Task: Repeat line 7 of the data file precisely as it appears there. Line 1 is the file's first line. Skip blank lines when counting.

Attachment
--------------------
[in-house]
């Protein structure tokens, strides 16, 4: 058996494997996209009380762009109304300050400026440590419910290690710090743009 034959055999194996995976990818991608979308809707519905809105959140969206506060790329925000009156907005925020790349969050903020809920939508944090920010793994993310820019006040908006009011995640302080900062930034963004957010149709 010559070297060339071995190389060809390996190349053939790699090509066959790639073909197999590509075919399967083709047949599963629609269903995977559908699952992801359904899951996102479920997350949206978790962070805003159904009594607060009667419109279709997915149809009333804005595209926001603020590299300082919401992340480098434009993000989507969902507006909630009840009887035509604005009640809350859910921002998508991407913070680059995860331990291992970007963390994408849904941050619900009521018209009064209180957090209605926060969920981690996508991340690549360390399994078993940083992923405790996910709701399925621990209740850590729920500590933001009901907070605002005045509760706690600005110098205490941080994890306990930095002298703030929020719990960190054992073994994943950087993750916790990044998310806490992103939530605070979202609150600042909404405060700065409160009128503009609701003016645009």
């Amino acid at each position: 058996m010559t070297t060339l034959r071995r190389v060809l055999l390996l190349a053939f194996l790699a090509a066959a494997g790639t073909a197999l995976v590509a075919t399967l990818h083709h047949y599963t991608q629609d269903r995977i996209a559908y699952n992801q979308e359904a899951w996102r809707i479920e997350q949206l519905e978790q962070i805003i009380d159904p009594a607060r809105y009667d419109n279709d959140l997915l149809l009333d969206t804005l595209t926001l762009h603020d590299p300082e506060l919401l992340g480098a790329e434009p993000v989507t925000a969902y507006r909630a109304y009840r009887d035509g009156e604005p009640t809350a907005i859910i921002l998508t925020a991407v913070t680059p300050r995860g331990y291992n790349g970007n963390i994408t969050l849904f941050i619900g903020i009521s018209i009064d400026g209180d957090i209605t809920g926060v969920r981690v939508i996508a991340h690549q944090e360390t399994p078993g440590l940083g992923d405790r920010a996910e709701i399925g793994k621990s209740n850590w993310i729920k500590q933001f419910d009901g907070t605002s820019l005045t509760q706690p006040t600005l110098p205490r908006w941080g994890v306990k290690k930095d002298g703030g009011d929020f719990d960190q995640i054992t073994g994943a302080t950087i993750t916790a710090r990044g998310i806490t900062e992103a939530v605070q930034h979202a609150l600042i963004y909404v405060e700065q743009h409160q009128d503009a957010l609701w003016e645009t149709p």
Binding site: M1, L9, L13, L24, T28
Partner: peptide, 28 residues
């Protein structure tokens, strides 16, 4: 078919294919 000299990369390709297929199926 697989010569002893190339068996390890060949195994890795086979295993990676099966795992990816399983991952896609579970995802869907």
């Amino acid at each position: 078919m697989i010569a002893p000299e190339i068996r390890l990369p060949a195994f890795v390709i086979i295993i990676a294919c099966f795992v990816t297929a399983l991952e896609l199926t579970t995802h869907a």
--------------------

């Amino acid at each position: 078919m697989i010569a002893p000299e190339i068996r390890l990369p060949a195994f890795v390709i086979i295993i990676a294919c099966f795992v990816t297929a399983l991952e896609l199926t579970t995802h869907a």